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Controlling Outgoing Shipments

We recently conducted a security assessment at an electronics manufacturing company. This company uses microprocessors, memory modules, and many other high-value electronic components in their production process. The company had many good security procedures in place, including a package inspection procedure where employees leaving the facility were required to have their purses, briefcases, and lunch boxes inspected by a security officer as they exited the building.


Interestingly, we found a major weakness in this companies security procedures: employees could easily mail a package containing high-value merchandise out of the facility!


As a convenience, the company's mail room could be used as a "post office" by employees. An employee desiring to send a personal package could simply drop it by the company mail room. The package would be weighed by a mail room person, and the employee would be charged the appropriate postage. This service was reportedly used heavily by employees, particularly during the holiday season. While convenient for employees, this procedure created a real potential for losses, since the packages were sealed and addressed prior to being accepted by the mail room.


An employee intent on theft could easily fill a box with expensive electronic components, seal the box, and then mail it to himself or a friend. Since the mail room did not keep a record of personal shipments, it would be impossible to trace this type of theft.


How are outgoing shipments by employees handled at your company? Would you be vulnerable to this type of theft?


Here are a few suggestions concerning the control of outgoing shipments:


  • The security manager should meet with the manager responsible for the mail room or shipping/receiving department. Review existing procedures to identify any potential security weaknesses.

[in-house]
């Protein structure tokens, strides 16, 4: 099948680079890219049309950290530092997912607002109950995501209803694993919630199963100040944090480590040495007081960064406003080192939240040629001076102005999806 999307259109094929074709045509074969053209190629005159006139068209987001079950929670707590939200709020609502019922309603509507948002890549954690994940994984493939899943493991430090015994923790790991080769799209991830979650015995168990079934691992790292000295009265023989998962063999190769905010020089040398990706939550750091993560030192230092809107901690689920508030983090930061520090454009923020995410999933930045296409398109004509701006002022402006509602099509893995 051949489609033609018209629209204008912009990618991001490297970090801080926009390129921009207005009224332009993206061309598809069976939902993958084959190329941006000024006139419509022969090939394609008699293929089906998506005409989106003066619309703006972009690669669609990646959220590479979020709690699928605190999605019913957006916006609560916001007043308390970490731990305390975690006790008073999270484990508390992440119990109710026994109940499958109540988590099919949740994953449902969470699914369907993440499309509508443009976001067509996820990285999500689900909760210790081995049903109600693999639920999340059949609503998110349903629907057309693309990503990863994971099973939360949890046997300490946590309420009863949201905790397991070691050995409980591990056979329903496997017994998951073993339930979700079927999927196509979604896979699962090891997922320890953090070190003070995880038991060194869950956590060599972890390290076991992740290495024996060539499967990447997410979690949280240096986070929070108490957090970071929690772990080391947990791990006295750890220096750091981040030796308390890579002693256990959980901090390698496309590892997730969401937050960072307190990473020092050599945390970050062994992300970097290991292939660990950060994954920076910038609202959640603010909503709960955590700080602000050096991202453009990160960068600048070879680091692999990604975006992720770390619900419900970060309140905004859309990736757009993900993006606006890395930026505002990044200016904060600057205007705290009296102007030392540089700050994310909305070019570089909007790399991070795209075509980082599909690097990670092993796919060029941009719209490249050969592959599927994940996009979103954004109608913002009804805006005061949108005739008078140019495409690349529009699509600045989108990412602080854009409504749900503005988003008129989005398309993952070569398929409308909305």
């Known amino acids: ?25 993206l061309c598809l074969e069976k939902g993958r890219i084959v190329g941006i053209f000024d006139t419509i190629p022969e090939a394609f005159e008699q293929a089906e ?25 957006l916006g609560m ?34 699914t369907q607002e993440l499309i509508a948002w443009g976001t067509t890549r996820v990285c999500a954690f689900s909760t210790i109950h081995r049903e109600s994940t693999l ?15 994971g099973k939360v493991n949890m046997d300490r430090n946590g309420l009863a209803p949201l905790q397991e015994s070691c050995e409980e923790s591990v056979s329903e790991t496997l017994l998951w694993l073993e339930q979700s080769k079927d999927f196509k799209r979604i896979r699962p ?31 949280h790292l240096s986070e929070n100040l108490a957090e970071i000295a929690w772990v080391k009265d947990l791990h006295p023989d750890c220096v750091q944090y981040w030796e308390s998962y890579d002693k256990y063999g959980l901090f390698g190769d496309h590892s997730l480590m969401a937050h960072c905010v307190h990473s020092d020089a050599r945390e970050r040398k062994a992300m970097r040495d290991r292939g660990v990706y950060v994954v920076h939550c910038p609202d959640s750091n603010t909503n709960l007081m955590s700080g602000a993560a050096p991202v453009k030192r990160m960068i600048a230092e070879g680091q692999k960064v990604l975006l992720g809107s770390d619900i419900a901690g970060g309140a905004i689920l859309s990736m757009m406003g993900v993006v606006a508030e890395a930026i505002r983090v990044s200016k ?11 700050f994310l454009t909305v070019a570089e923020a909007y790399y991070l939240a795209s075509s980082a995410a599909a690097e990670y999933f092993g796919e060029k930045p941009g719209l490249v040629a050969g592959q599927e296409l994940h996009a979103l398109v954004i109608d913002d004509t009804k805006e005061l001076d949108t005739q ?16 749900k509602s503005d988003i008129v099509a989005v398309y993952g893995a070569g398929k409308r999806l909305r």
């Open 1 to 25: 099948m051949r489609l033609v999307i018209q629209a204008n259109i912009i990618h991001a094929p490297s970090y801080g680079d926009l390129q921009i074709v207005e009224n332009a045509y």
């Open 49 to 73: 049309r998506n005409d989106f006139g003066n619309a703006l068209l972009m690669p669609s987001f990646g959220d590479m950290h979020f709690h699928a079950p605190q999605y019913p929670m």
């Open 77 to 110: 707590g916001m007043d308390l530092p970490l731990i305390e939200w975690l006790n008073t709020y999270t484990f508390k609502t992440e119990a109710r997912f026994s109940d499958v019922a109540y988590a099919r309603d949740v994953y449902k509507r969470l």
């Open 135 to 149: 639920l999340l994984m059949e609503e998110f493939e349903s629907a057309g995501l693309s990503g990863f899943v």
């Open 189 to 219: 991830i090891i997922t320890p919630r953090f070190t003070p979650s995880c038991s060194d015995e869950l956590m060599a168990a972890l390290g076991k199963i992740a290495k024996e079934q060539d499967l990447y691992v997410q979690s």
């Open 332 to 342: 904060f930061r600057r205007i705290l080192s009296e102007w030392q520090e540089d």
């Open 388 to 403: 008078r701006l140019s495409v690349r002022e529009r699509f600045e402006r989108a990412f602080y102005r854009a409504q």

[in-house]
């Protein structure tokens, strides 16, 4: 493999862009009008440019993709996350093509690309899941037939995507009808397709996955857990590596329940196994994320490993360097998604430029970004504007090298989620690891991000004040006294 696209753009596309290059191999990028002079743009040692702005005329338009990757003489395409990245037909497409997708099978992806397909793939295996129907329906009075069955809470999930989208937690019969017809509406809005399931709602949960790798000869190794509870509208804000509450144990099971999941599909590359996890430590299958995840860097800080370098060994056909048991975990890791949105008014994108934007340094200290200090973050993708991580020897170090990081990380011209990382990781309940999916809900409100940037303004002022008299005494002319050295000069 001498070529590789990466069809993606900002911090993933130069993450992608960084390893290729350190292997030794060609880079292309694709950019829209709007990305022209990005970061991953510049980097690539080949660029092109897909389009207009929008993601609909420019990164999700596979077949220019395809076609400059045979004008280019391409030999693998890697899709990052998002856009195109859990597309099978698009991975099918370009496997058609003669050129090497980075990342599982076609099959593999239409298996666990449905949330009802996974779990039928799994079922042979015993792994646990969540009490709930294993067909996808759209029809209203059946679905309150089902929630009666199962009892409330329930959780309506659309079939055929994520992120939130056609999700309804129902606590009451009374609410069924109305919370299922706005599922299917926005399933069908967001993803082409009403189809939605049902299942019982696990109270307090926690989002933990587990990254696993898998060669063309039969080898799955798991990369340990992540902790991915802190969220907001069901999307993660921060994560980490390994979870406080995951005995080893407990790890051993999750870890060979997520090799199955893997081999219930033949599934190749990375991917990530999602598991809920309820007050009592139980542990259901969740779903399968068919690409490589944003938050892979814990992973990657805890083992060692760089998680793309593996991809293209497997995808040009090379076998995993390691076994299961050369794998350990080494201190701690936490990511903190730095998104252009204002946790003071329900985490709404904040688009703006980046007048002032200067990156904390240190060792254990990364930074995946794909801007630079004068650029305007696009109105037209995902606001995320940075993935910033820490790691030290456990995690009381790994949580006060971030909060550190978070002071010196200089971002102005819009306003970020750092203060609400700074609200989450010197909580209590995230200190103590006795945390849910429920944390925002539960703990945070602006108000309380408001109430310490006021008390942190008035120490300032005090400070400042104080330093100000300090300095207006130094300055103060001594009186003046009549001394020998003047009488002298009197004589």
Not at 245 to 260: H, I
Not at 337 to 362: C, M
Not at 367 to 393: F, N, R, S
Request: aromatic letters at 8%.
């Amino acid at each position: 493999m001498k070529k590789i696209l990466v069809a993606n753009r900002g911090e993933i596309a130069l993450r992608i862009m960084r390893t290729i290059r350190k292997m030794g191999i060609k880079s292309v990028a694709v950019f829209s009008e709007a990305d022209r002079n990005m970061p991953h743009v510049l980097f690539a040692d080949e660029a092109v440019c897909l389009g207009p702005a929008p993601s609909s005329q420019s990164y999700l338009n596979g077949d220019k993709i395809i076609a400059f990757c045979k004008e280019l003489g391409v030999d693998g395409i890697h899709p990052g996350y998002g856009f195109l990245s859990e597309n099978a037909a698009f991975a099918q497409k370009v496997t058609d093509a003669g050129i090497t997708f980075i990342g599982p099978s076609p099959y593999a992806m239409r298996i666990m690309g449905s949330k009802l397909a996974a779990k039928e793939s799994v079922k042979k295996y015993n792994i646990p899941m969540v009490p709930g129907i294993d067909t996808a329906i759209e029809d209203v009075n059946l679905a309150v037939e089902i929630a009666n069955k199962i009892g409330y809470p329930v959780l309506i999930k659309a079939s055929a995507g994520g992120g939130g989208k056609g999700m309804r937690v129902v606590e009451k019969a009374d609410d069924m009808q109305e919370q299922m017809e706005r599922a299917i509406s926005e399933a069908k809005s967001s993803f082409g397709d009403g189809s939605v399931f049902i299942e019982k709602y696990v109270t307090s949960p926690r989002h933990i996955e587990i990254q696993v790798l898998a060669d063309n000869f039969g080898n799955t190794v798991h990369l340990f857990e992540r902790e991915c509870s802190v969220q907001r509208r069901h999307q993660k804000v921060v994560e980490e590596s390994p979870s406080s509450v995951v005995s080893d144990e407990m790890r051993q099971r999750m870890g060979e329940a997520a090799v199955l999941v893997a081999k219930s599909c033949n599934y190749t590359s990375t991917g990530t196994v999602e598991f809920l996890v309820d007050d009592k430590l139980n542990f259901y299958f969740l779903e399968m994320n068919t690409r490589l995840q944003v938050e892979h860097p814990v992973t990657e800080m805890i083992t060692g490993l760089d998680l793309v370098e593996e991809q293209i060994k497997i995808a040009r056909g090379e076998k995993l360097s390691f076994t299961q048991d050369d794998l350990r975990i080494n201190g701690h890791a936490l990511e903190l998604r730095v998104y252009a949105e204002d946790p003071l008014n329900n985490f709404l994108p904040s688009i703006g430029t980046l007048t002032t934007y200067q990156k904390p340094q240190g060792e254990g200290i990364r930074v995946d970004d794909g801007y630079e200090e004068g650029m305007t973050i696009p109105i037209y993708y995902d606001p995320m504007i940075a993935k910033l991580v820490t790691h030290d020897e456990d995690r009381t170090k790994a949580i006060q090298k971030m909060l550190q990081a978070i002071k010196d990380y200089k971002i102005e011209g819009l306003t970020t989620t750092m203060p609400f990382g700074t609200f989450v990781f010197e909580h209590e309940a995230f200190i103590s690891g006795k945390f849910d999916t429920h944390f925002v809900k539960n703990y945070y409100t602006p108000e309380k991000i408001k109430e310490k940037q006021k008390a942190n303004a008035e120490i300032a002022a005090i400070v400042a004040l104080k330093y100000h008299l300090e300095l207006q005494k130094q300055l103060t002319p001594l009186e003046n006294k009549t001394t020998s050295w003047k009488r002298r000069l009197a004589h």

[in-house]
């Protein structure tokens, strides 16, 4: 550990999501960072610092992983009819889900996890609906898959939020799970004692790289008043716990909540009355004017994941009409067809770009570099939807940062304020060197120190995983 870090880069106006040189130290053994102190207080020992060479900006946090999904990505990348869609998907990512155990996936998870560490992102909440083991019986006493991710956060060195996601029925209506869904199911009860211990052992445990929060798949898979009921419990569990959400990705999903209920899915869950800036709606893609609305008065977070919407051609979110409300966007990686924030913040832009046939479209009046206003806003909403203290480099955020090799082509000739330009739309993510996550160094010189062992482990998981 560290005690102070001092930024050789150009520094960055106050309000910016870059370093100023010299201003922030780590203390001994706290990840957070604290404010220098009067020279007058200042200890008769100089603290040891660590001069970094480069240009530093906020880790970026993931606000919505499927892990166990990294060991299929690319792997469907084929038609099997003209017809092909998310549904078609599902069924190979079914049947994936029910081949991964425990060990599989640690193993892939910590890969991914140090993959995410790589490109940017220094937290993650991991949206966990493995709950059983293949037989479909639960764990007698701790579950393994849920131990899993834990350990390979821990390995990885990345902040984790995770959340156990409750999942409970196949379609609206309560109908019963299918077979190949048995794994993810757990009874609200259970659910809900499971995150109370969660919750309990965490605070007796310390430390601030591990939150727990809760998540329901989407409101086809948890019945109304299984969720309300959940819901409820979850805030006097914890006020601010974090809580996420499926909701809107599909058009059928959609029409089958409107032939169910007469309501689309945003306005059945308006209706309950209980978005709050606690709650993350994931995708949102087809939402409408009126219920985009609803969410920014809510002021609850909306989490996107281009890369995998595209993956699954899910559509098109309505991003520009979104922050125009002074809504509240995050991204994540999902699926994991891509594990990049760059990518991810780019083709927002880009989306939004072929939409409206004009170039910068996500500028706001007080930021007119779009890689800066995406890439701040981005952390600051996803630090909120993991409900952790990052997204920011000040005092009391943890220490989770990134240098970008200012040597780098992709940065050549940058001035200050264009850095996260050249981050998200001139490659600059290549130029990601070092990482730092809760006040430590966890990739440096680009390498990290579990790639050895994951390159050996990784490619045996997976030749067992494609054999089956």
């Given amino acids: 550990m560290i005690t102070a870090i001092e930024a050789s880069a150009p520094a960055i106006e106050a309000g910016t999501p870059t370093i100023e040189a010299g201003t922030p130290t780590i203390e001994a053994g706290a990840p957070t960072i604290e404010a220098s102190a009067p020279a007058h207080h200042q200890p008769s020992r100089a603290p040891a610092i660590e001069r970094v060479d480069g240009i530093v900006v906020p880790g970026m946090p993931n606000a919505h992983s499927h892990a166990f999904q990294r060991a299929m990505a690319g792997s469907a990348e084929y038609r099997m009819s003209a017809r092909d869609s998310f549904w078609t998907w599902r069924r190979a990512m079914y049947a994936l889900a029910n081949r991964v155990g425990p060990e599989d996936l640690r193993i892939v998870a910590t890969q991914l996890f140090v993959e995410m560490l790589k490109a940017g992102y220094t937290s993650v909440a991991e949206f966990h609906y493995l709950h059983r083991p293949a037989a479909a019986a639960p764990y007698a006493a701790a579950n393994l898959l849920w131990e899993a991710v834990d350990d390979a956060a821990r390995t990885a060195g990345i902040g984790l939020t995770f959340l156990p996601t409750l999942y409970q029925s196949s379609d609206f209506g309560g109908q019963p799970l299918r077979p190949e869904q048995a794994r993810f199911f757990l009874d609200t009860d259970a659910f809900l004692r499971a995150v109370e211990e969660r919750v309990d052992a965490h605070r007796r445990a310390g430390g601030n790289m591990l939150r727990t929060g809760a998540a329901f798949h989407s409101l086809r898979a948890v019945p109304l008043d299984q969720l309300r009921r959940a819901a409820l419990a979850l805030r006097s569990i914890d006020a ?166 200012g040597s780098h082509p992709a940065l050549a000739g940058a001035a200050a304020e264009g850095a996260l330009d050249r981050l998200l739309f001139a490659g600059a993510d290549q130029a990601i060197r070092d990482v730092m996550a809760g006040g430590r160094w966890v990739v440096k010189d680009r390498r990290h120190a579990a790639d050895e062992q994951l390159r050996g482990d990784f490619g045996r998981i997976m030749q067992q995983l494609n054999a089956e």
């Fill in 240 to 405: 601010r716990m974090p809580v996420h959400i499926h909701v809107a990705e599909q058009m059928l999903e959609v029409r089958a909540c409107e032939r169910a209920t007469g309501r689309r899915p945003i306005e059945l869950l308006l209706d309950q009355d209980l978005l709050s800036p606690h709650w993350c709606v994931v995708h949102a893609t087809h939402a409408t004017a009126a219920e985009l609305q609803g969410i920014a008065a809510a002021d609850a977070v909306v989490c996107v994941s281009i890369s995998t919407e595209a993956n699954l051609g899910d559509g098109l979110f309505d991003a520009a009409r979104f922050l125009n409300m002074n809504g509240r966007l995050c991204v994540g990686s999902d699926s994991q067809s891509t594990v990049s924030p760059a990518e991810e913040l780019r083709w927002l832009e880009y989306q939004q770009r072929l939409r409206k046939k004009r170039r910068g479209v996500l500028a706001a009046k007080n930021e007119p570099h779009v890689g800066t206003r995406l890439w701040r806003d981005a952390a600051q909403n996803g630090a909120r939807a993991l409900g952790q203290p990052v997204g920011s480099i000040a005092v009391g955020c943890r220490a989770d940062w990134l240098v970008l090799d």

• Discourage the use of the company's mail room for personal shipments.

  • If personal shipments are permitted, require that a mail room person inspect and seal the package prior to shipment. Keep a log of all personal shipments that includes the name of the employee who shipped the package, the mailing address of the recipient, and a brief description of the contents of the package.

  • Provide good physical security at the mail room. Make it difficult for a non-mail room employee to place a package (with or without postage) in the outgoing mail bin.

  • Make mail room employees aware of the potential for unauthorized outgoing shipments.

  • Have mail room employees be on the lookout for suspicious outgoing packages (mailed to an unknown addressee, mailed to a personal address, non-standard shipping labels, etc.)

  • Have mail room employees be alert for what appear to be inappropriate outgoing shipments (for example, the Human Resources department would not normally be making an outgoing shipment of electronic components.

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